Gimme Shelter

The Cold War is long gone, but we can't get over our obsession with the end of the world

Allen Duffy illustration

In the concrete bowels of Mount St. Michael, a traditionalist Catholic parish in far North Spokane, it's easy to feel disconnected from the world above. Only harsh fluorescent bulbs illuminate the winding, narrow path through the basement — past where the nuns wash and dry their blue-and-white habits, past a pockmarked basalt boulder that wouldn't budge during construction of the five-story, manor-like structure 100 years ago and past where many of the academy's schoolbooks and supplies are stored — into the remnants of the building's designated fallout shelter, first created after World War II.

Reverend Father Casimir Puskorius ducks his balding head into the innermost storage facility. He points to the dusty brown cardboard boxes and water drums lining the stone wall's shelves — Office of Civil Defense-provided water, biscuits and sanitation kits stamp-dated 1963. He estimates there are 25 of each.

"This is where the Jesuit priests would have come had there been a raid," explains Puskorius, who's been at the parish since 1986. "They would have thrown open their doors and invited anyone who was around this area to find shelter here."

His fellow tour guide, Sister Mary Paula, doesn't have an explanation as to why these containers are still here, or why the yellow-and-black fallout shelter signs (capacity 480) still hang outside of the building.

"We just haven't taken those down," she says.

Spokane never exploded into oblivion during the Cold War, but bits of that conflict remain in dozens of basements and backyards around our city. These leftovers, which Seattle author Lee O'Connor refers to as the ruins of modern society, led the historian to self-publish last year's Take Cover, Spokane.

In it, he discusses the height of bunker hysteria in 1961, the same year President John F. Kennedy, during his Berlin Crisis speech, urged Congress to "identify and mark space in existing structures — public and private — that could be used for fallout shelters in case of attack." Each would be supplied with water, food and first aid kits.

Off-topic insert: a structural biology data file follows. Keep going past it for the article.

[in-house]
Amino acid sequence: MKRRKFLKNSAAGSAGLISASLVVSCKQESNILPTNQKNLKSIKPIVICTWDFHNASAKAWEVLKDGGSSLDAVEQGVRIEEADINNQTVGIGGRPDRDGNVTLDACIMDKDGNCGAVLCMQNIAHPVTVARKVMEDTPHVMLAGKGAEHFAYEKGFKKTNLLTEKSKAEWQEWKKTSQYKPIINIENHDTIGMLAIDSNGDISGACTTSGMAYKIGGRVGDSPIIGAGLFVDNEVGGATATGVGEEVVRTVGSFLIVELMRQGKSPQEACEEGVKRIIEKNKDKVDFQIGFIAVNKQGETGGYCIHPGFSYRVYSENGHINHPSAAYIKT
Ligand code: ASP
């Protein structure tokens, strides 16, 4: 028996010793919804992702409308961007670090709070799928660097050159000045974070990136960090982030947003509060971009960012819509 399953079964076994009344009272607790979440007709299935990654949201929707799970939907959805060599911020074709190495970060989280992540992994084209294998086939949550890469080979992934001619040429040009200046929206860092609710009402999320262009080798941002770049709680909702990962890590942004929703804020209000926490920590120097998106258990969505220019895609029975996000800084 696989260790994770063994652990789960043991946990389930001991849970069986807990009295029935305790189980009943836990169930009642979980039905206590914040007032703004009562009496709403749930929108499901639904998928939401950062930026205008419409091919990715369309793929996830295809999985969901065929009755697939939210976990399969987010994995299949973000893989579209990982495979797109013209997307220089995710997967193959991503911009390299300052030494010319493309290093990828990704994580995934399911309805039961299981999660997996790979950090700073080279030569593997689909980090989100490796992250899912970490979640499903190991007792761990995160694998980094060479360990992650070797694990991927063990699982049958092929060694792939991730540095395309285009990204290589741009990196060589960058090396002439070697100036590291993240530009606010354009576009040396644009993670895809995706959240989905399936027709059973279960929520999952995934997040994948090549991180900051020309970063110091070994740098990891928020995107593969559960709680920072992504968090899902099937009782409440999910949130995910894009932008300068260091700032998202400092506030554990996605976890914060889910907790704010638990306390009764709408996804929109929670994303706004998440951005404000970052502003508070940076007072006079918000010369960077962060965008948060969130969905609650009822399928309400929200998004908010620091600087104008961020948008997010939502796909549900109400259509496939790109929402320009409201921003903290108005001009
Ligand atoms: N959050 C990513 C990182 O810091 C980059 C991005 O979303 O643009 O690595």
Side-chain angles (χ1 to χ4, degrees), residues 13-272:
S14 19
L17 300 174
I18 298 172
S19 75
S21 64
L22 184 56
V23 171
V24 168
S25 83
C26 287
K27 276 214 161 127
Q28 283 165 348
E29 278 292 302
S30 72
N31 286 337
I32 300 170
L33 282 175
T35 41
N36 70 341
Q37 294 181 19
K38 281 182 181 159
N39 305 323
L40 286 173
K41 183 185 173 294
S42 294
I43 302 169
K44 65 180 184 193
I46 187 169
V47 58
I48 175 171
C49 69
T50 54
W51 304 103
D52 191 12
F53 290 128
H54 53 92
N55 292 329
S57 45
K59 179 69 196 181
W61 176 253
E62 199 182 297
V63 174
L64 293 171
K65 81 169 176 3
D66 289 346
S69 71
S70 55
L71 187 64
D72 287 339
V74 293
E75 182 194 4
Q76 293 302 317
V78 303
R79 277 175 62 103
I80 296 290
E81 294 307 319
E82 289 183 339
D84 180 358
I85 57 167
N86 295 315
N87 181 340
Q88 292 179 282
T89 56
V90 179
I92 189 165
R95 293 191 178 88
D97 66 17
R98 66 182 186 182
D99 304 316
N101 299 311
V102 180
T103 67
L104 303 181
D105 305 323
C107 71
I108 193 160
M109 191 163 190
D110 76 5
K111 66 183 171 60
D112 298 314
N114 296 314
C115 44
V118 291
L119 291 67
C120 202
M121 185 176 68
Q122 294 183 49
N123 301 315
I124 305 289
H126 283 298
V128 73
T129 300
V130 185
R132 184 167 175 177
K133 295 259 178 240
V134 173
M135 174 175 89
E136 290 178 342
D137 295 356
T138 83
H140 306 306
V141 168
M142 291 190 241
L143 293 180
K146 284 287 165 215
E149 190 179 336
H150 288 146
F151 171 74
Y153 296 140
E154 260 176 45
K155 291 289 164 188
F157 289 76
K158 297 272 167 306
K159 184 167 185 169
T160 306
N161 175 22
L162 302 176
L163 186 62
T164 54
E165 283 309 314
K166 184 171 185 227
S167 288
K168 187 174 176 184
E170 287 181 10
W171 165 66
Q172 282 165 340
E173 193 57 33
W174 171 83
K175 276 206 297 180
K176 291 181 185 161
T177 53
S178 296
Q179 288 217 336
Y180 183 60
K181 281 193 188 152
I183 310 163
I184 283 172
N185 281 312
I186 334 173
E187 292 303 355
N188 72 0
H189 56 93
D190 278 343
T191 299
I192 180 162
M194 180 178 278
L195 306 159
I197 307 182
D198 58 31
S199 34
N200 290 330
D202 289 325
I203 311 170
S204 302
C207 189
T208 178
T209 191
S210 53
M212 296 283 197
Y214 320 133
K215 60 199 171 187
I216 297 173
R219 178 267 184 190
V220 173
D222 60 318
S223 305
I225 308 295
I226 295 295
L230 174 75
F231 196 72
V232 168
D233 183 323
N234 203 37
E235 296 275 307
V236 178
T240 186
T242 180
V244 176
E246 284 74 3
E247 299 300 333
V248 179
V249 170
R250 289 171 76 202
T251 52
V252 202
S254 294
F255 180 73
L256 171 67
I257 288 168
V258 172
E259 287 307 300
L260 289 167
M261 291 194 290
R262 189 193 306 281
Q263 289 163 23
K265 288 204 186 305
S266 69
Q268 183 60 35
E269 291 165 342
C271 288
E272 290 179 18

The threat to Washington state was quite real on both sides of the Cascades, being so (relatively) close to Russia, but Spokane was more of a target, says O'Connor, who holds a master's degree in history from Washington State University. The area was home to nine Atlas missile bases, and Fairchild Air Force Base was outfitted with B-52 bombers capable of carrying nuclear weapons.

To write the book, O'Connor visited many decaying bunkers and hideaways and sorted through every yellowing archive he could find. His home was taken over by a self-made timeline of old newspaper clippings that snaked through multiple rooms.

"History is messy. It's not an ideal story with a conventional narrative," O'Connor explains. "In history, people go one direction and say, 'Let's build shelters,' only to later say, 'We're going to evacuate' [as Spokane's emergency plan now dictates]."

By the late 1960s, America's civil defense program lost steam as the threat of nuclear attack dwindled. But our obsession with the possibility of human eradication/survival remained.

To date, The Hunger Games franchise has grossed more than $1 billion, the Mad Max reboot hits in May, The Walking Dead is the most watched show on cable, and new shows like Last Man on Earth, starring Will Forte, and Netflix's The Unbreakable Kimmy Schmidt (about a woman rescued from a doomsday cult) are already critical darlings.

"I think that's an interest humans have had since the beginning of time," O'Connor says. "We're fascinated with our own existence and the possibility we could have our own extinction, like the dinosaurs did."

At Mount St. Michael, they have their own ideas about why we like death and destruction in film, TV and literature.

Sister Mary Paula notes that threats from ISIS and North Korea have put us on edge, but that we're not too worried about it. Through the onslaught of violence in pop culture and video games, we're allowed to be complacent about death; we've lost our sensitivity for human life, she says.

"I know if I had one day left on this earth, I certainly wouldn't be partying," she says, walking out into the damp, gray air at the end of our tour. "I'd be talking to God." ♦

Lee O'Connor comes to Auntie's Bookstore (402 W. Main) on Saturday, May 30, for a Take Cover, Spokane book signing and author Q&A.

Outdoor European Christmas Market @ McIntire Family Park

Fri., Dec. 3, 4-8 p.m. and Sat., Dec. 4, 10 a.m.-6 p.m.
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About The Author

Laura Johnson

Laura moved to the great Inland Pacific Northwest this summer. She is the Inlander's new music editor.